What I’ve gleaned on friendship: (In no particular order).

The quality of your friendships, are a direct reflection of you and the effort you put into them – a simple concept to grasp. Having amazing friends raises the bar, creating opportunity to be the best you can be.

Your friends are sound bites of your alter egos, so to speak.  When you’re thinking they’re slightly “off”, do a quick self-check in the mirror.    

It’s about give and take. Friendships allow for the practice of healthy co-nurturing. This can be demonstrated in a variety of ways, find what works for you.

Change is constant. Like you, friendships can reinvent themselves. Friendships that grow synchronistically will stand the test of time.

A basic warm-up suit is always a “smart” choice when well accessorized + ladies, don’t forget your lipstick :) … totally unrelated (a fashion tip from Caye). 

When life is tough-going, a good friend offers soft shoulders. They don’t try to fix things; they can diplomatically juggle the ability to listen without judging and understand the value of honesty from a loving place. 

Best friends are intuitive: they “show up” in both the good times and the sucky times. They have the inherent skill-set to know exactly what you need.

A good friend is totally vested; they’re happy for your good fortune and accomplishments.

Friends are your board of trustees, they will keep your interests safe and to heart.

Our friends are our nourishment. Super-powered life sustaining soul food, the loves of our lives. 

Begin Where You Are ::


A dedication to sheltering a lifetime of intention.

This life is yours, to begin where you are

abbreviated moments



encapsulated sparks, a glimmer

unconscious dreams 

awaiting birth

an inward assent 

undoing, unfolding   

the masculine, the feminine 

a dance of equanimity 

the ebb and flow

a mindful harvest, a sanctified feast

effort, ease, presence 

a soulful reprieve

reverberates with clarity

to begin where you are.     

truth seeking, life balance + having it all ::


Last week, the newswires were all abuzz with C.E.O. of Yahoo, Marissa Mayer’s pending pregnancy.  It dawned on me, if we were talking about an expectant father such as Bill Gates…well, we just wouldn’t be. Not in the same context. We wouldn’t be questioning his ability to balance career and familial obligation. We wouldn’t dissect whether parenthood would be a distraction from his very important corporate role in the world. He wouldn’t be chastised for placing his career potentially above family and questioned in regard to how well he’d juggle his responsibilities. One thing that I’m sure of - that in spite of all the staff, “help”, money, systems in place, etc., career + family is indeed a balancing act for anybody, yet also rewarding. Why must we choose between the things we love?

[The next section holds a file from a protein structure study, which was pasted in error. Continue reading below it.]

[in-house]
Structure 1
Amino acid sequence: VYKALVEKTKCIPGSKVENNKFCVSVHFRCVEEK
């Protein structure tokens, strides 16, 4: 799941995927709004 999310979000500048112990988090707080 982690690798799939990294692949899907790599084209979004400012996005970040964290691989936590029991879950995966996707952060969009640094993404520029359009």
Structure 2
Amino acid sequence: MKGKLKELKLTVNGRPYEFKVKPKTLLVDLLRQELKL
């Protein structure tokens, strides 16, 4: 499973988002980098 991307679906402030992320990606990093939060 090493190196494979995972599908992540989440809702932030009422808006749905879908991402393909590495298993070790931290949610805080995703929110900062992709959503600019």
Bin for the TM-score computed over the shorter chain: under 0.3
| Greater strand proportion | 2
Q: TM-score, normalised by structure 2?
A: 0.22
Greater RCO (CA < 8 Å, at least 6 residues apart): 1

For the longest time, I believed that having it all was possible, that life was a quest for balance. What I learned in reality was there is no such thing as a balanced life, particularly from a place of want. For those of us who desire more, life is full of concessions.

I was convinced that I did what I did for my family, out of fiscal need, financial sustenance + let’s face the straight up truth: as a member of the 99% club, let’s not forget the strength of a two income family. Like most, we do not own our home, (our mortgage company does), and at this very moment retirement is something we’ve planned for, but is a ways out.

disclosure + personal truth: The career path I followed was out of choice - for the accolades, the attention, the ego, feelings of grandeur and self worth. All the same logic a man would use to process his justification. While that may be acceptable (when well managed), it admittedly gave me a sense of completion in a way that family didn’t. I felt as though I was contributing to life’s bigger picture, really, my bigger picture. 

I had this notion that having the kick ass career, the partner / husband / wife, aka (family) would be the end all be all. The façade of the white picket fence, that when crossing its threshold, all problems of the day would magically melt away.

I do and still want to believe, that I was for the most part, present: that my family’s perception would not be to the contrary. What I’m quite sure about is that I'll never get that time back and that’s something I’m not particularly okay with. My son, I pray, is. 

First words, first steps, first bike ride, first mistake. All firsts.